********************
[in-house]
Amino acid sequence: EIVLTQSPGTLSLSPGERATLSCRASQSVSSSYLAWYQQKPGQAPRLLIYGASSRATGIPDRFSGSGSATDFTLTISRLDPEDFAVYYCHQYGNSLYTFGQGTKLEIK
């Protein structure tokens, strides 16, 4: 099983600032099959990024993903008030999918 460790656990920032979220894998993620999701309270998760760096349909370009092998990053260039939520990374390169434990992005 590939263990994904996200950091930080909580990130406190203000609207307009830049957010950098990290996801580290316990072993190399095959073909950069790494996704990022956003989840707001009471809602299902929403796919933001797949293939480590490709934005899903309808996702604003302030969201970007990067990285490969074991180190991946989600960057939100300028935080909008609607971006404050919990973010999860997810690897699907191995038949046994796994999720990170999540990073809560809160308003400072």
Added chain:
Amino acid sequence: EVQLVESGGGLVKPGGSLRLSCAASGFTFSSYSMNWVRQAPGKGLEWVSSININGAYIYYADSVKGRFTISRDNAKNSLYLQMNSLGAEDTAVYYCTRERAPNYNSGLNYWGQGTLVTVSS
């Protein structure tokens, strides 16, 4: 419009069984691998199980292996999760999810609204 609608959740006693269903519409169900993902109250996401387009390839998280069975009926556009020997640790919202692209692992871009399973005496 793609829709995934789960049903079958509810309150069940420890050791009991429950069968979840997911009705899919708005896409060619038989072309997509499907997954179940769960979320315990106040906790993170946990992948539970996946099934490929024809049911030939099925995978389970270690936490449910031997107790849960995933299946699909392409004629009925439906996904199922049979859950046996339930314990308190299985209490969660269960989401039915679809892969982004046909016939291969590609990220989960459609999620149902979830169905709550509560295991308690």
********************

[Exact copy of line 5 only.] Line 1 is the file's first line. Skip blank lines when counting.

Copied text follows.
Amino acid sequence: EVQLVESGGGLVKPGGSLRLSCAASGFTFSSYSMNWVRQAPGKGLEWVSSININGAYIYYADSVKGRFTISRDNAKNSLYLQMNSLGAEDTAVYYCTRERAPNYNSGLNYWGQGTLVTVSS